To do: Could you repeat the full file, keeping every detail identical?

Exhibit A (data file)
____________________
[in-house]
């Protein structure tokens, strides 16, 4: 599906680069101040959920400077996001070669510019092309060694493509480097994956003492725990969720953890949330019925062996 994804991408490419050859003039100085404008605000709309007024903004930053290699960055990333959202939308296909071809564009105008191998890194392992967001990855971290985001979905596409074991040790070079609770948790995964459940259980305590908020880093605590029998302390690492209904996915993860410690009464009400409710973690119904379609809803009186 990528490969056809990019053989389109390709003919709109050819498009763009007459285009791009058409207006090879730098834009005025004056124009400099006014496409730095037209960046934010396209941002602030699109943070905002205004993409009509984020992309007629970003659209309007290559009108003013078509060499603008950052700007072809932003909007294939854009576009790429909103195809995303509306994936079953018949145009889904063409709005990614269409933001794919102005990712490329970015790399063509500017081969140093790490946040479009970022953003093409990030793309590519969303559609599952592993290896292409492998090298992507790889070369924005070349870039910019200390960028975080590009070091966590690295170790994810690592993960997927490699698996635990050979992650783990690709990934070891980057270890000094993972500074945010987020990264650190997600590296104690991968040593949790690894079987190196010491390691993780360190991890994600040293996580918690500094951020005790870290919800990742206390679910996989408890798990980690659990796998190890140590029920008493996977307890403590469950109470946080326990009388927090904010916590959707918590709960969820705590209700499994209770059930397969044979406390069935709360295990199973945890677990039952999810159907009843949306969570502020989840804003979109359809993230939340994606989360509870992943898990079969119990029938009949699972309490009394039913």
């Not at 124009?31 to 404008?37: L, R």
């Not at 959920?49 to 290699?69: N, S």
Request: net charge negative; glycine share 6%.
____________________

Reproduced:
[in-house]
């Protein structure tokens, strides 16, 4: 599906680069101040959920400077996001070669510019092309060694493509480097994956003492725990969720953890949330019925062996 994804991408490419050859003039100085404008605000709309007024903004930053290699960055990333959202939308296909071809564009105008191998890194392992967001990855971290985001979905596409074991040790070079609770948790995964459940259980305590908020880093605590029998302390690492209904996915993860410690009464009400409710973690119904379609809803009186 990528490969056809990019053989389109390709003919709109050819498009763009007459285009791009058409207006090879730098834009005025004056124009400099006014496409730095037209960046934010396209941002602030699109943070905002205004993409009509984020992309007629970003659209309007290559009108003013078509060499603008950052700007072809932003909007294939854009576009790429909103195809995303509306994936079953018949145009889904063409709005990614269409933001794919102005990712490329970015790399063509500017081969140093790490946040479009970022953003093409990030793309590519969303559609599952592993290896292409492998090298992507790889070369924005070349870039910019200390960028975080590009070091966590690295170790994810690592993960997927490699698996635990050979992650783990690709990934070891980057270890000094993972500074945010987020990264650190997600590296104690991968040593949790690894079987190196010491390691993780360190991890994600040293996580918690500094951020005790870290919800990742206390679910996989408890798990980690659990796998190890140590029920008493996977307890403590469950109470946080326990009388927090904010916590959707918590709960969820705590209700499994209770059930397969044979406390069935709360295990199973945890677990039952999810159907009843949306969570502020989840804003979109359809993230939340994606989360509870992943898990079969119990029938009949699972309490009394039913």
């Not at 124009?31 to 404008?37: L, R």
């Not at 959920?49 to 290699?69: N, S």
Request: net charge negative; glycine share 6%.